Interpretation is the task of taking physical evidence, documentary evidence and contextual knowledge and using it to tell a story. It’s the process by which we seek to give meaning to archaeological remains, the process by which we seek to learn from our past. Interpretation is, by it’s nature, supposition. It’s not ‘truth’, but rather an interpretation of the evidence, presented for examination.
The other day, i was in a barn in Norfolk, an ancient Tithe barn. One of the largest in the country in fact. Whilst it really was the most provincial of exhibits, probably only getting thirty visitors a day, it did something different from almost every other piece of interpretation that i saw. It presented the evidence as ‘what happened’ and ‘imagine something extra’. Whilst i’ve made these words up to describe what they did, this was the essential path. They presented the primary evidence and interpretation based on that, they they deliberately set a context whereby they made up some extra stories. It was a conscious and explicit acceptance that much interpretation is, indeed, a made up story.
For example. there was interpretation around the defences that had stood on the site of the manor next door. We learnt about the gate towers and weapons. We learnt the historical context, with regular raids from Norway and France. We learnt a lot of fact. But then there was a little audio play, which was a version of ‘Dads Army’, set in the fifteenth century. For those of you who don’t know it, Dad’s Army was a wildly popular TV comedy about the British Home Guard, lots of innuendo and camp fun. Not your typical historical interpretation.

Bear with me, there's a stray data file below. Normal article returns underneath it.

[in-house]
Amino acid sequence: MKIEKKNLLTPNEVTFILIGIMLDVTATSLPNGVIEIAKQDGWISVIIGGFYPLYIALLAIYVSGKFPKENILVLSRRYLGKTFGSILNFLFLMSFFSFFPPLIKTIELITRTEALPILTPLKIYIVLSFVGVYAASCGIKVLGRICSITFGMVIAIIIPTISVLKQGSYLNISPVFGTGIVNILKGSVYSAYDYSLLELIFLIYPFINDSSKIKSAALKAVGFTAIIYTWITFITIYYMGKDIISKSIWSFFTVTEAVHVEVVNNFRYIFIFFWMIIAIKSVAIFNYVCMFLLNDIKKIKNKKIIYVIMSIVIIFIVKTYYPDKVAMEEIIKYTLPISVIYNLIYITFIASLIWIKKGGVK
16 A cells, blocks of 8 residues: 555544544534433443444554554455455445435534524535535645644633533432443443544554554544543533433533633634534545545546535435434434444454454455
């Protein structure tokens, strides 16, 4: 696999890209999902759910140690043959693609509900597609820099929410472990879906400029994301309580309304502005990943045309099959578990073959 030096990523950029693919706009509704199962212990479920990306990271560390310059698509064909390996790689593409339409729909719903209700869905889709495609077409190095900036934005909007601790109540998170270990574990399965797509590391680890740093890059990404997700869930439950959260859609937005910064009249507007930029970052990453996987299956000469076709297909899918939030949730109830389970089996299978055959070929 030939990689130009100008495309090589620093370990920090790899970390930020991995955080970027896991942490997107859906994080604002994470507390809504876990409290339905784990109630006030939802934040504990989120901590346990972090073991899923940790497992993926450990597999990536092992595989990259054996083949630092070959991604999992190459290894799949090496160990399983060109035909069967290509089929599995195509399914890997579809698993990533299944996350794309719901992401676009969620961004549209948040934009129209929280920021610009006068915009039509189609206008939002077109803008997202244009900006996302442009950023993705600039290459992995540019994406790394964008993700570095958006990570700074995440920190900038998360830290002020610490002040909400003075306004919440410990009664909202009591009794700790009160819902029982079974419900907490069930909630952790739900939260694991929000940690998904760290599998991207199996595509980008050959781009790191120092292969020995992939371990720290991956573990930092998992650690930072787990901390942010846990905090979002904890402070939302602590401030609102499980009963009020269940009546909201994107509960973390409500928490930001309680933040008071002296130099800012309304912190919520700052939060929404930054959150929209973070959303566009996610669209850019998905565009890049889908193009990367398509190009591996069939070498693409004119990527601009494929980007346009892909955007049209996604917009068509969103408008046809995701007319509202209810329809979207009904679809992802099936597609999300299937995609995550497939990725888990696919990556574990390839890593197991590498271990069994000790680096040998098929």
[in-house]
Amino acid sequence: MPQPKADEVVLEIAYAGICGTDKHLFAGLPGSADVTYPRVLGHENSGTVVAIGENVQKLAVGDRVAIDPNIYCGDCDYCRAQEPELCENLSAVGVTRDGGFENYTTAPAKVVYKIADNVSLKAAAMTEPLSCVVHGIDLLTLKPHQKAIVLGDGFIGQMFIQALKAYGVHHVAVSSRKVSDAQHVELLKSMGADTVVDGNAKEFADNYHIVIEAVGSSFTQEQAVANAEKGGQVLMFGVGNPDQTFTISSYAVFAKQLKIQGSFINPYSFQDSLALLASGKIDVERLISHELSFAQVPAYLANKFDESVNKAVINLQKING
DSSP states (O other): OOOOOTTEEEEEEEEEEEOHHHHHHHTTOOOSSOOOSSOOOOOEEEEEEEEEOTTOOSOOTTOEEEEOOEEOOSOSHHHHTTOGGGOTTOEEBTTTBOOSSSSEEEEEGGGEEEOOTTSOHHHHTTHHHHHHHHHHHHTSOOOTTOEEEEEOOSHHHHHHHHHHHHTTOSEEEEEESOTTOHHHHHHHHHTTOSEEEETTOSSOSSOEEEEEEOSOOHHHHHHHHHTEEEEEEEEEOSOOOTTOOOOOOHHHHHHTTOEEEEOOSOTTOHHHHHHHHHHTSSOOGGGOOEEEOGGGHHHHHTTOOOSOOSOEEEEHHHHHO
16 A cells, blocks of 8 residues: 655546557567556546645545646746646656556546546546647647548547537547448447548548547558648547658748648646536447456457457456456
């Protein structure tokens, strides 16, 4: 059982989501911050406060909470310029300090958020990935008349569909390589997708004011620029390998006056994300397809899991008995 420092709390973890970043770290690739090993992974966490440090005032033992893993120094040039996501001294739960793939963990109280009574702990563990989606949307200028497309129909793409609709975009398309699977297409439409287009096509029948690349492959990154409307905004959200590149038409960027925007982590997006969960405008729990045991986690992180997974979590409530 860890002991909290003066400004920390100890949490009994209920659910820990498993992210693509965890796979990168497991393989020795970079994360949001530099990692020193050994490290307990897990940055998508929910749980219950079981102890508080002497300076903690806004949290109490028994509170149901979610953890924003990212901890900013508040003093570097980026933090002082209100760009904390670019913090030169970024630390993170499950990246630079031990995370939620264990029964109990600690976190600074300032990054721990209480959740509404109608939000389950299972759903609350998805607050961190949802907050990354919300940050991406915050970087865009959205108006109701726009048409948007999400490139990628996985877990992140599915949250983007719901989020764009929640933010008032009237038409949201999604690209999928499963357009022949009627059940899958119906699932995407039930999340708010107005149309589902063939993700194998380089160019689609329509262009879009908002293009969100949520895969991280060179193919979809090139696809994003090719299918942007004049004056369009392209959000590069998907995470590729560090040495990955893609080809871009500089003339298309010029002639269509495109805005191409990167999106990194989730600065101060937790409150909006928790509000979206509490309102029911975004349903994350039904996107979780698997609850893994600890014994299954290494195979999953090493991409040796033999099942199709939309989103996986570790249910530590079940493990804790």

The story was therefore positioned in two parts: what we know to have been, and what might have been. It’s an interesting distinction, with the ‘what might have been’ part presented in a story type narrative.
The same took place around the subject of local legends and myths. The story of Black Shuck is a well known East Anglian story, of the hound from Hell who roams the coastline (you can even see the claw marks he left in Happisburgh church). So first we learnt the oral history and documentary stories, the interpretation based in primary evidence. Then we heard a story about Arthur Conan Doyle, who used to holiday in the area. The mini play had him learn of the myth, and then incorporate it into his own story ‘The Hound of the Baskervilles’. Was this what happened? Who knows, but it was certainly an interesting take on events.
In real terms, this dual layered approach was rather fun. It enlivened what could have been a rather flat experience, although it does run the risk of presenting fiction as fact. The question of ‘what is the truth’ is one that permeates many learning experiences. The notion that we can present ‘fact’ and ‘presumption’, or straight forward ‘fiction’ (albeit informed fiction) alongside each other is a novel idea, and one that i rather like. Maybe room for experimentation here.
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